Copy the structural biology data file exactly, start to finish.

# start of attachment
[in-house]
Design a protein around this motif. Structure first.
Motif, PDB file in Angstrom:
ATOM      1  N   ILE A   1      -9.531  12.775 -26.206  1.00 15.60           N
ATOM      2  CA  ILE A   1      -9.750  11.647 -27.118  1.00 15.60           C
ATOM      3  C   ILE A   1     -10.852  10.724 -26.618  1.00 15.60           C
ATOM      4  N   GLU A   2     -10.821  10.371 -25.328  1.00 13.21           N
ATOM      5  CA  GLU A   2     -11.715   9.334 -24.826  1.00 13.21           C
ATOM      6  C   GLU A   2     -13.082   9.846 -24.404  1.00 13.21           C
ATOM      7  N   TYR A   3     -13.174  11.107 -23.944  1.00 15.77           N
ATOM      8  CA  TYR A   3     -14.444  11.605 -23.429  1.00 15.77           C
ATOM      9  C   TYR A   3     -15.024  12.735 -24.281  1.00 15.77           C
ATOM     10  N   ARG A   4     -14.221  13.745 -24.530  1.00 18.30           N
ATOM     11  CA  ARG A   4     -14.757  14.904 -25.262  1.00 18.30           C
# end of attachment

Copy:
[in-house]
Design a protein around this motif. Structure first.
Motif, PDB file in Angstrom:
ATOM      1  N   ILE A   1      -9.531  12.775 -26.206  1.00 15.60           N
ATOM      2  CA  ILE A   1      -9.750  11.647 -27.118  1.00 15.60           C
ATOM      3  C   ILE A   1     -10.852  10.724 -26.618  1.00 15.60           C
ATOM      4  N   GLU A   2     -10.821  10.371 -25.328  1.00 13.21           N
ATOM      5  CA  GLU A   2     -11.715   9.334 -24.826  1.00 13.21           C
ATOM      6  C   GLU A   2     -13.082   9.846 -24.404  1.00 13.21           C
ATOM      7  N   TYR A   3     -13.174  11.107 -23.944  1.00 15.77           N
ATOM      8  CA  TYR A   3     -14.444  11.605 -23.429  1.00 15.77           C
ATOM      9  C   TYR A   3     -15.024  12.735 -24.281  1.00 15.77           C
ATOM     10  N   ARG A   4     -14.221  13.745 -24.530  1.00 18.30           N
ATOM     11  CA  ARG A   4     -14.757  14.904 -25.262  1.00 18.30           C